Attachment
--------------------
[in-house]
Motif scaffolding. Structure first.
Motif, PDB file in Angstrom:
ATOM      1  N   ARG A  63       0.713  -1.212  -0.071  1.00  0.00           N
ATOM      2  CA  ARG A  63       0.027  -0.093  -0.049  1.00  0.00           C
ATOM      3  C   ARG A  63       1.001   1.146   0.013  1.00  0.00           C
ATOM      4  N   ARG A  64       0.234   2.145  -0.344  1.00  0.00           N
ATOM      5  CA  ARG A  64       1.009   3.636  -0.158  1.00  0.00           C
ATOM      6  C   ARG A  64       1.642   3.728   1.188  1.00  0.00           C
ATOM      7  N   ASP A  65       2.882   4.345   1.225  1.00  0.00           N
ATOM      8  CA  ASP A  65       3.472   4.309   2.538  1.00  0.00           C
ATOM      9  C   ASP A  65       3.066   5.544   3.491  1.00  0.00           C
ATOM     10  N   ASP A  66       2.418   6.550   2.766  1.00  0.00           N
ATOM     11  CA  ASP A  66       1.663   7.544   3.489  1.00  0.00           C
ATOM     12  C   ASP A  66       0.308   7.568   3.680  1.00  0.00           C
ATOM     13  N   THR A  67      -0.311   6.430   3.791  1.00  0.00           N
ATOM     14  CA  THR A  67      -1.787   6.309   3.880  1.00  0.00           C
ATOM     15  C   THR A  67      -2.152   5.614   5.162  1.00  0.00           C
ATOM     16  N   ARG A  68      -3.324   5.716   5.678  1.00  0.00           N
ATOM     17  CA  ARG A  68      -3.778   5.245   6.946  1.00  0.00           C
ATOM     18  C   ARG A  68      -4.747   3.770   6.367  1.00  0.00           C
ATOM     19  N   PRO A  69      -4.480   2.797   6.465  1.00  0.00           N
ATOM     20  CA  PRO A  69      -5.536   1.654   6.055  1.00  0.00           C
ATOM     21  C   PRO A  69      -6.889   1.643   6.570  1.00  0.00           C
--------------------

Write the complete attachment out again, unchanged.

[in-house]
Motif scaffolding. Structure first.
Motif, PDB file in Angstrom:
ATOM      1  N   ARG A  63       0.713  -1.212  -0.071  1.00  0.00           N
ATOM      2  CA  ARG A  63       0.027  -0.093  -0.049  1.00  0.00           C
ATOM      3  C   ARG A  63       1.001   1.146   0.013  1.00  0.00           C
ATOM      4  N   ARG A  64       0.234   2.145  -0.344  1.00  0.00           N
ATOM      5  CA  ARG A  64       1.009   3.636  -0.158  1.00  0.00           C
ATOM      6  C   ARG A  64       1.642   3.728   1.188  1.00  0.00           C
ATOM      7  N   ASP A  65       2.882   4.345   1.225  1.00  0.00           N
ATOM      8  CA  ASP A  65       3.472   4.309   2.538  1.00  0.00           C
ATOM      9  C   ASP A  65       3.066   5.544   3.491  1.00  0.00           C
ATOM     10  N   ASP A  66       2.418   6.550   2.766  1.00  0.00           N
ATOM     11  CA  ASP A  66       1.663   7.544   3.489  1.00  0.00           C
ATOM     12  C   ASP A  66       0.308   7.568   3.680  1.00  0.00           C
ATOM     13  N   THR A  67      -0.311   6.430   3.791  1.00  0.00           N
ATOM     14  CA  THR A  67      -1.787   6.309   3.880  1.00  0.00           C
ATOM     15  C   THR A  67      -2.152   5.614   5.162  1.00  0.00           C
ATOM     16  N   ARG A  68      -3.324   5.716   5.678  1.00  0.00           N
ATOM     17  CA  ARG A  68      -3.778   5.245   6.946  1.00  0.00           C
ATOM     18  C   ARG A  68      -4.747   3.770   6.367  1.00  0.00           C
ATOM     19  N   PRO A  69      -4.480   2.797   6.465  1.00  0.00           N
ATOM     20  CA  PRO A  69      -5.536   1.654   6.055  1.00  0.00           C
ATOM     21  C   PRO A  69      -6.889   1.643   6.570  1.00  0.00           C